Railway tribute to residential school victims marks turning point in survivor’s complicated journey


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Boarding school survivor June Commanda hated the train.

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The train took her away from her family at the age of seven and brought her to St. Joseph’s Spanish boarding school where she remained for five years. This is also where his younger sister died and his brother was abused.

“My first memory was getting on a CPR train. I had no idea where I was going and I didn’t know I was going to stay there. This would be my home for five years. My sister and I and my younger brother Frank. My sister is dead. My brother and I survived.

On Monday, Commanda was invited to the Ontario Northland Railway Refurbishment and Repair Shop for the unveiling of a new color scheme.

As the bells rang and the engine slowly descended from the shop onto the track, Commanda wiped the tears from her face.

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The locomotive was painted orange with black feathers and the phrase “Every Child Matters” on the side.

The phrase “Every Child Matters” comes from Canada’s National Day for Truth and Reconciliation which takes place on September 30th.

“I have mixed emotions,” Commanda said. “When I was at boarding school they took us for a little walk in Spanish and the tracks were right there. what you thought about every day was going home,” she said.

“When they took down the CPR station in Sturgeon Falls, I was so happy. I jumped for joy because of what it meant to me – being away from my family. But now I see this big train here and I want to get on it. And wherever it goes, I want to take a ride.

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Commanda was invited into the driver’s seat where she whistled as she waved to the crowd with a big smile on her face.

“Every child matters – it’s about remembering. I went from hating the train, but now (I’m) very happy. (See the train and the saying) brought tears to my eyes,” Commanda said.

But his childhood memories remain engraved in his heart and in his head.

“You never forget,” Commanda said. “I want no one to ever forget and never want it to happen again,” she said.

“One thing I see today is that young people hate everyone. I heard that the church should be burned down so many times, but I don’t hate anyone.

Sometimes she stopped to find her emotions. Her hands were shaking as she remembered the horror she had experienced with her siblings, especially her brother.

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“There are no words to describe what I saw there. The girls’ school was pretty safe – never heard of any abuse, but with the boys it was (the abuse) endemic,” Commanda said.

“When you were going to bed at night, a priest would come in and take a boy away. You were afraid to sleep at night because you never knew when it was your turn. I don’t know a man who talks about that. They can not.

Commanda said it was a lonely childhood with no toys, few clothes and no food.

She said all the children who were forced into it wondered what they had done so wrong.

And the winters, Commanda said, were the worst.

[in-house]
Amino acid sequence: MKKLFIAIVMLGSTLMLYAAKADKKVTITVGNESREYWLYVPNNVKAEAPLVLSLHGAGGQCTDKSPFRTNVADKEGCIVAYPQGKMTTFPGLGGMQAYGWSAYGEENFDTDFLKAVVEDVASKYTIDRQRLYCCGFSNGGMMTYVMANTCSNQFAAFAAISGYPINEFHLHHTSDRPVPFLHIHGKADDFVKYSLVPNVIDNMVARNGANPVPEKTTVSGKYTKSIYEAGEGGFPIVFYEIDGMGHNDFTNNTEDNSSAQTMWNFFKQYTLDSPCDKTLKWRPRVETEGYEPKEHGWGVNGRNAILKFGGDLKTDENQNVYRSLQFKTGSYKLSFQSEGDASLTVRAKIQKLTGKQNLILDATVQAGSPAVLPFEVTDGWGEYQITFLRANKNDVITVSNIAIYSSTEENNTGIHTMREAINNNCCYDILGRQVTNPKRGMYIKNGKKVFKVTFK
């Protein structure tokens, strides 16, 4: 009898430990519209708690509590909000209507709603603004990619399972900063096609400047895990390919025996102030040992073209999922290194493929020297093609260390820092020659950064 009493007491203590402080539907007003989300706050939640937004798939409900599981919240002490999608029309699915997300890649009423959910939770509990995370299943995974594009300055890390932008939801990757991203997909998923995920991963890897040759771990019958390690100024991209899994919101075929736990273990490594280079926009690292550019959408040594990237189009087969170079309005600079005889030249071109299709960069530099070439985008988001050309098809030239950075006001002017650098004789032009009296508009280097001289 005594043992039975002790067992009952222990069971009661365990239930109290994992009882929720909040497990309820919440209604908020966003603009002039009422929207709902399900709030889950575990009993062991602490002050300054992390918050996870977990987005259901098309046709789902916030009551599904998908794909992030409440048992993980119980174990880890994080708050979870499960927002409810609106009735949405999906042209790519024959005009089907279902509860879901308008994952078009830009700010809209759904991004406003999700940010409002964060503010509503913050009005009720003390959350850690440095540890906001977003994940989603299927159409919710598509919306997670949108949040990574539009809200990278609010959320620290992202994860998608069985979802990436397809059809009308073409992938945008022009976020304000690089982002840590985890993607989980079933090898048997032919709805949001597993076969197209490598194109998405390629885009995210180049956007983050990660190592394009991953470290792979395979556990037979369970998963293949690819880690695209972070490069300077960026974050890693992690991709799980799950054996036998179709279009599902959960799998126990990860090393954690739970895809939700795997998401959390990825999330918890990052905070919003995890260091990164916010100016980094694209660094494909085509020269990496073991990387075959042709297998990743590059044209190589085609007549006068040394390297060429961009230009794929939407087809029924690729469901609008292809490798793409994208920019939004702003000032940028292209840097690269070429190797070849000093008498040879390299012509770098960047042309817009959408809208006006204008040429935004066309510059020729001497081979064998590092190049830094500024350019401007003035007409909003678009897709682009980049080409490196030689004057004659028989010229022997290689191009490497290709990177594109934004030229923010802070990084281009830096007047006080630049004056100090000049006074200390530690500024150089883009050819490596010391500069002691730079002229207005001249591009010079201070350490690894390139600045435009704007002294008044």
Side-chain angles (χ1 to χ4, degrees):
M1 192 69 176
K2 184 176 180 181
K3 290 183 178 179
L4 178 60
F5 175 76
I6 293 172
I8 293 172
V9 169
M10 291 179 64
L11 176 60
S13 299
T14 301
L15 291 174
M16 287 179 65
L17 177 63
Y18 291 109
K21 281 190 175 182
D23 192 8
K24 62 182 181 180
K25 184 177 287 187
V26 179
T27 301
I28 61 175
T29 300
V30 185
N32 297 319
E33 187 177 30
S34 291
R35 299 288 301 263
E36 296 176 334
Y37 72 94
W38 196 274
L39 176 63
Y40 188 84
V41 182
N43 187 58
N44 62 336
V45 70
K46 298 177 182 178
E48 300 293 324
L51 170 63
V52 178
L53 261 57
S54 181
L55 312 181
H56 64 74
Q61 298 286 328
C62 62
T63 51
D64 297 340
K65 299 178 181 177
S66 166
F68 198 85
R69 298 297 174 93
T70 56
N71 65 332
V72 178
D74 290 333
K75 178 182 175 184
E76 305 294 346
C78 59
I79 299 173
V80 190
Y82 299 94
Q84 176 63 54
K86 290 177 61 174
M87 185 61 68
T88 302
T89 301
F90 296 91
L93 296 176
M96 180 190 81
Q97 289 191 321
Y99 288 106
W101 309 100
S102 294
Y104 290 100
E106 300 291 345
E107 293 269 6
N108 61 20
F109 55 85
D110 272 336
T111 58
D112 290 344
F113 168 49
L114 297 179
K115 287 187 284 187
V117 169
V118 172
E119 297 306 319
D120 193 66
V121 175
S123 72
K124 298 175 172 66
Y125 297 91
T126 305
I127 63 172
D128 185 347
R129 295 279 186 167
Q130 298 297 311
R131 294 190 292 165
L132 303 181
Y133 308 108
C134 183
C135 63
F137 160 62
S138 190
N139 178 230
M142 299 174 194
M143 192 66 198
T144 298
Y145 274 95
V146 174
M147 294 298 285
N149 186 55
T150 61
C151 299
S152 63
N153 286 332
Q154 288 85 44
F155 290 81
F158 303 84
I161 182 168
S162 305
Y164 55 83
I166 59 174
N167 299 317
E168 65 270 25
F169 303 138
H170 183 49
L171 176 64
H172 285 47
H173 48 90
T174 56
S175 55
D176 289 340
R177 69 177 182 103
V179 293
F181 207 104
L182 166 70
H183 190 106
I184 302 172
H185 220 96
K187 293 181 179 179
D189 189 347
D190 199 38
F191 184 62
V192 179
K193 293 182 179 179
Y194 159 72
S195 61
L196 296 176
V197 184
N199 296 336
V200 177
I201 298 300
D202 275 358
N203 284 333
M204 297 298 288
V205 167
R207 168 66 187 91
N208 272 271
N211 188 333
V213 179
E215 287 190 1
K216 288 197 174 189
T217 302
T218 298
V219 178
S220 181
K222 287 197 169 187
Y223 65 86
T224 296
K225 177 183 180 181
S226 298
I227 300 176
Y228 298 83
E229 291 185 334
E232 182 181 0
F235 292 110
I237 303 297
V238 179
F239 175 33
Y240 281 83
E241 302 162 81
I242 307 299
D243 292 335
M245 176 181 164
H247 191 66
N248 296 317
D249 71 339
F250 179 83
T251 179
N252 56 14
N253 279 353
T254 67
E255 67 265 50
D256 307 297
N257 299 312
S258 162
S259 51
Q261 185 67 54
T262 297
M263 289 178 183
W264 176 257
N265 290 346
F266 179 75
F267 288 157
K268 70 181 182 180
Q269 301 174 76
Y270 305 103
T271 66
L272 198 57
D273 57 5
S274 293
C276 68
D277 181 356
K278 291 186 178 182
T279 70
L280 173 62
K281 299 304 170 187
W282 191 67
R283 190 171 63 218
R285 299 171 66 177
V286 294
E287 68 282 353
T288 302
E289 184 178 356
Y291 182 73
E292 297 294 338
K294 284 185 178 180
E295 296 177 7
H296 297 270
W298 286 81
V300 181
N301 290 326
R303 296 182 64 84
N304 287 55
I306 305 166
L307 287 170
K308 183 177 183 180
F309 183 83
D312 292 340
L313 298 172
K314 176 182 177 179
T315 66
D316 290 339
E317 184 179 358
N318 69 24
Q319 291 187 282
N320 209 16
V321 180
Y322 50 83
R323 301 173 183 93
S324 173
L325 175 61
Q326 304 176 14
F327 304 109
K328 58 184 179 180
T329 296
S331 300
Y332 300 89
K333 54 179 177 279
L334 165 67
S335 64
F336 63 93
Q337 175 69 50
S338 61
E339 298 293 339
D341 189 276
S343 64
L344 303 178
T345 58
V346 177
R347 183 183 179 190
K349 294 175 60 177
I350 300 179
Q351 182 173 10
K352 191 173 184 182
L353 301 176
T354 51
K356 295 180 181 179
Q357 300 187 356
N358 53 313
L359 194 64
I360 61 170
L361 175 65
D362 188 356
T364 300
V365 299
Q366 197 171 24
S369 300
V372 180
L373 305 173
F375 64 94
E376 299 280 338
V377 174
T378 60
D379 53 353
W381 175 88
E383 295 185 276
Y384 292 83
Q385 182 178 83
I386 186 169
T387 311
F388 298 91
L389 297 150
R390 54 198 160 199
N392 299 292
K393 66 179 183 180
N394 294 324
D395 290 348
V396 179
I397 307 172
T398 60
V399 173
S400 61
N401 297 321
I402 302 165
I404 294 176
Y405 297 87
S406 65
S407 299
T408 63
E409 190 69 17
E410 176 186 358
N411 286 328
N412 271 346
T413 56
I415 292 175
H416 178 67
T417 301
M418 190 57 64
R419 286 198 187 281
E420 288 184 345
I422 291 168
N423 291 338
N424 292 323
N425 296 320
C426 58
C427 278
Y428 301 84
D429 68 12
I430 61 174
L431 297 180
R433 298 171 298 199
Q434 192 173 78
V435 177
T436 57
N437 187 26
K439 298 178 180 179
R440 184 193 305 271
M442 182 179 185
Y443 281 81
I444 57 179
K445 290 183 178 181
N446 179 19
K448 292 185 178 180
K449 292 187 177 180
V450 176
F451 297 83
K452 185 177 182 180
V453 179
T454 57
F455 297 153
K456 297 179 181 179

“It was so cold in the winter. There was a strong wind. I remember we couldn’t even stand near the playground because the wind was knocking us down. We were badly dressed. It was a poor existence.

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Commanda said girls who knew how to sew used leftover rags that were thrown in a bucket and secretly made little rag dolls.

She said they had to stay hidden or face punishment.

“When I could read, it was like I was on an adventure to another place. You wanted to be anywhere but there. There wasn’t much joy, but you didn’t have the right to cry, you would get a smack on the head if they caught you.

The train will leave North Bay on Monday or Tuesday and return to the Ontario Northland Transportation Commission’s Polar Bear Express line. This line runs approximately 200 miles from Cochrane to Moosonee and carries passengers and freight.

“This is the start of a great conversation,” said ONTC CEO and President Corina Moore.

“We have really expanded our services on the bus side, we want to continue this dialogue with all these communities to see what we can do.”

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She said that as an organization, the ONTC will continue to work with the First Nations communities it serves.

“It was cultivated through these discussions. How to continue to raise awareness and not put it on the back burner? And really talk about listening, learning and creating a better future,” she said.

“What better way than to have this traveling every day on our track. A bright orange locomotive that says we care about them, this is a safe space for people, we want to listen and learn and keep improving to create a better future.

Moore said it’s a lick of paint and looks phenomenal, but “it’s about raising awareness. It’s about listening and learning with an open heart. There’s so much history here and I don’t think people realize the impact it has on our generation and our children’s generation.

Nipissing First Nation Chief Scott McLeod said it was amazing when he saw the train rolling.

“The only thing going through my mind right now is the positive impact this is going to have on my communities. Our communities are struggling to discover unmarked graves,” he told local media. .

“It’s such an incredible gesture. It’s going to touch the hearts of our communities.

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